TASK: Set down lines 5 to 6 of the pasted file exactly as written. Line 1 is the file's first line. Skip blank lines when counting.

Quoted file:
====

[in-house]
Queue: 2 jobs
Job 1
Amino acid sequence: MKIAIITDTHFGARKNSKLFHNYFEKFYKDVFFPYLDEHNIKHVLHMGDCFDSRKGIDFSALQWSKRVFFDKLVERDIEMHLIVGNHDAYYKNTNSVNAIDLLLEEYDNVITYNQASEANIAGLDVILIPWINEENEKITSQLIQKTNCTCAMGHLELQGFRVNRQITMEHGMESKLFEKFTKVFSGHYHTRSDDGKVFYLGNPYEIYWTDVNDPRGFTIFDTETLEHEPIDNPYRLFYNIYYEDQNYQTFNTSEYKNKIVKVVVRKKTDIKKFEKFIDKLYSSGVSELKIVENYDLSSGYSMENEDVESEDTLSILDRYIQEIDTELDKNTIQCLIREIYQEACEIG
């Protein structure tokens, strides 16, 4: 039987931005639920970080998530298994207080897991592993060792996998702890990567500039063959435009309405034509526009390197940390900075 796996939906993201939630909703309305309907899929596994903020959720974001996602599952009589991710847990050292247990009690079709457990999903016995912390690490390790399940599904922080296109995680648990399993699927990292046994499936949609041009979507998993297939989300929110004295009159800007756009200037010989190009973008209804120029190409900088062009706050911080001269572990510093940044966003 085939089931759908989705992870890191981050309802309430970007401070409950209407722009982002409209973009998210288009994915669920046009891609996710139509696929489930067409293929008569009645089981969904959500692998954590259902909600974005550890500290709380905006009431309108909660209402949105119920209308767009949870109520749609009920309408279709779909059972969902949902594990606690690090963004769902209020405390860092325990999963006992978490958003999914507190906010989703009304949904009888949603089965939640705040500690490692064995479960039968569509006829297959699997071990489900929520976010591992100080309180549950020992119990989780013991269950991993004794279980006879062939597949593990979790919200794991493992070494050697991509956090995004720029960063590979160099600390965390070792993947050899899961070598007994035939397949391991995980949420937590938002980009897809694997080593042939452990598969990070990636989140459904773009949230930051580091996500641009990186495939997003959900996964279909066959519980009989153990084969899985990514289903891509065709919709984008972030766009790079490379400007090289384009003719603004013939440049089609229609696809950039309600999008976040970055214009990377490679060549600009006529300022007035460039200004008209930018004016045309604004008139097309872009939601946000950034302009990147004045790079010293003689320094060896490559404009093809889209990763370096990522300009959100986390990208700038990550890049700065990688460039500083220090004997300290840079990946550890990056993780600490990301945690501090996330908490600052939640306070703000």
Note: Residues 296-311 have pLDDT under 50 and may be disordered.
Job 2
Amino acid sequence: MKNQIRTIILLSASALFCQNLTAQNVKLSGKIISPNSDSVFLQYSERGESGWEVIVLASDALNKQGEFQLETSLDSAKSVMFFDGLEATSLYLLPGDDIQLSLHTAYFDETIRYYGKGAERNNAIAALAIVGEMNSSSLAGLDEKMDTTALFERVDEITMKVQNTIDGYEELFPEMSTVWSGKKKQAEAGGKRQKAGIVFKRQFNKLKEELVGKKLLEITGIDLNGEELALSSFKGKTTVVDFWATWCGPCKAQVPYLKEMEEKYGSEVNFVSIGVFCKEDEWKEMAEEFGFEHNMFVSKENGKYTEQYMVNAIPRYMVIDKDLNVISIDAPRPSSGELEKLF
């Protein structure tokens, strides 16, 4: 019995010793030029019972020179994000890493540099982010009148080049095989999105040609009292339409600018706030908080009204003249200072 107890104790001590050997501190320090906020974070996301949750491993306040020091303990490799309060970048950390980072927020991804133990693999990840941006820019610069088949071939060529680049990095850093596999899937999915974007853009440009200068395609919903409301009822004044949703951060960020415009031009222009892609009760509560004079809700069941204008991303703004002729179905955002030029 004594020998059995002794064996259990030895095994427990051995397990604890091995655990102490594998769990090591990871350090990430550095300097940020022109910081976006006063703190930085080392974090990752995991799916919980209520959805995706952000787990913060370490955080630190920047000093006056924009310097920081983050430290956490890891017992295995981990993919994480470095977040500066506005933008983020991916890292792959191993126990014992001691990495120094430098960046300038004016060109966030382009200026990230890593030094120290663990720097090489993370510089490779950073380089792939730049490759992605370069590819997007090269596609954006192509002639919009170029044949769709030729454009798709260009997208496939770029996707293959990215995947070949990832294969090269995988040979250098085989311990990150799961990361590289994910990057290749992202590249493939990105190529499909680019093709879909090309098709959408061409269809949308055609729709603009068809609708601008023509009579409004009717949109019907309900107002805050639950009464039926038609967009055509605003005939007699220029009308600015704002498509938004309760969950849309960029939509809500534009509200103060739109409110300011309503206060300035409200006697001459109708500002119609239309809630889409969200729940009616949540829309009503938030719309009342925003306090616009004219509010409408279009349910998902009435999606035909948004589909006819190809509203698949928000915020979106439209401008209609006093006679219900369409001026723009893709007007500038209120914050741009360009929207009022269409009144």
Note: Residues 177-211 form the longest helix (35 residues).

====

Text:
């Protein structure tokens, strides 16, 4: 039987931005639920970080998530298994207080897991592993060792996998702890990567500039063959435009309405034509526009390197940390900075 796996939906993201939630909703309305309907899929596994903020959720974001996602599952009589991710847990050292247990009690079709457990999903016995912390690490390790399940599904922080296109995680648990399993699927990292046994499936949609041009979507998993297939989300929110004295009159800007756009200037010989190009973008209804120029190409900088062009706050911080001269572990510093940044966003 085939089931759908989705992870890191981050309802309430970007401070409950209407722009982002409209973009998210288009994915669920046009891609996710139509696929489930067409293929008569009645089981969904959500692998954590259902909600974005550890500290709380905006009431309108909660209402949105119920209308767009949870109520749609009920309408279709779909059972969902949902594990606690690090963004769902209020405390860092325990999963006992978490958003999914507190906010989703009304949904009888949603089965939640705040500690490692064995479960039968569509006829297959699997071990489900929520976010591992100080309180549950020992119990989780013991269950991993004794279980006879062939597949593990979790919200794991493992070494050697991509956090995004720029960063590979160099600390965390070792993947050899899961070598007994035939397949391991995980949420937590938002980009897809694997080593042939452990598969990070990636989140459904773009949230930051580091996500641009990186495939997003959900996964279909066959519980009989153990084969899985990514289903891509065709919709984008972030766009790079490379400007090289384009003719603004013939440049089609229609696809950039309600999008976040970055214009990377490679060549600009006529300022007035460039200004008209930018004016045309604004008139097309872009939601946000950034302009990147004045790079010293003689320094060896490559404009093809889209990763370096990522300009959100986390990208700038990550890049700065990688460039500083220090004997300290840079990946550890990056993780600490990301945690501090996330908490600052939640306070703000």
Note: Residues 296-311 have pLDDT under 50 and may be disordered.